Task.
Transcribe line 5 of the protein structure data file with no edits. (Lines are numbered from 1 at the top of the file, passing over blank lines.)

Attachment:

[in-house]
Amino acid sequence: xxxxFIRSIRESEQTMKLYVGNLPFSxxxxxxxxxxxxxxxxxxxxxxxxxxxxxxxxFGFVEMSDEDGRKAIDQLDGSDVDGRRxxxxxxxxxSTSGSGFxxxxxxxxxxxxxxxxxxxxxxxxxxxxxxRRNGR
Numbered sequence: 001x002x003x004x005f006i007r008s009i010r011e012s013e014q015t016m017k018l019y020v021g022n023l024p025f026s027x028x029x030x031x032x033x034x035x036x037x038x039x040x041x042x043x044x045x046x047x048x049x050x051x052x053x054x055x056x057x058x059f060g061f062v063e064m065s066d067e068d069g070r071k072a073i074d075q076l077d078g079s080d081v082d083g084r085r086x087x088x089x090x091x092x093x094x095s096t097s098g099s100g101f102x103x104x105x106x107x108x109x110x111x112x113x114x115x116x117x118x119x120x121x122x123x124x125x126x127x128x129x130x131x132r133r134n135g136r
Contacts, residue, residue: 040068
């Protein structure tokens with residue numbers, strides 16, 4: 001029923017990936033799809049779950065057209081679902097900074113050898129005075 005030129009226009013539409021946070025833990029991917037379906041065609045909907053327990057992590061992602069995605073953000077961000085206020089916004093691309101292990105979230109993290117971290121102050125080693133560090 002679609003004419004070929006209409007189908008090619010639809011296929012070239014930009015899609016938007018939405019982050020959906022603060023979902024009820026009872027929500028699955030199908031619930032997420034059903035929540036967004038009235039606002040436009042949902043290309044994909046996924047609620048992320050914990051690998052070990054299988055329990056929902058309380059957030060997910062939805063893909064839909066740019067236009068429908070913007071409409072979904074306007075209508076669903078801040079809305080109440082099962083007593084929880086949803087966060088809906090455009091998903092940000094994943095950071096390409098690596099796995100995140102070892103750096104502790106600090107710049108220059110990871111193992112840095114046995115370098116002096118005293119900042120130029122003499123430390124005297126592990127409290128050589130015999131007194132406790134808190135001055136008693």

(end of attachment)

């Protein structure tokens with residue numbers, strides 16, 4: 001029923017990936033799809049779950065057209081679902097900074113050898129005075 005030129009226009013539409021946070025833990029991917037379906041065609045909907053327990057992590061992602069995605073953000077961000085206020089916004093691309101292990105979230109993290117971290121102050125080693133560090 002679609003004419004070929006209409007189908008090619010639809011296929012070239014930009015899609016938007018939405019982050020959906022603060023979902024009820026009872027929500028699955030199908031619930032997420034059903035929540036967004038009235039606002040436009042949902043290309044994909046996924047609620048992320050914990051690998052070990054299988055329990056929902058309380059957030060997910062939805063893909064839909066740019067236009068429908070913007071409409072979904074306007075209508076669903078801040079809305080109440082099962083007593084929880086949803087966060088809906090455009091998903092940000094994943095950071096390409098690596099796995100995140102070892103750096104502790106600090107710049108220059110990871111193992112840095114046995115370098116002096118005293119900042120130029122003499123430390124005297126592990127409290128050589130015999131007194132406790134808190135001055136008693």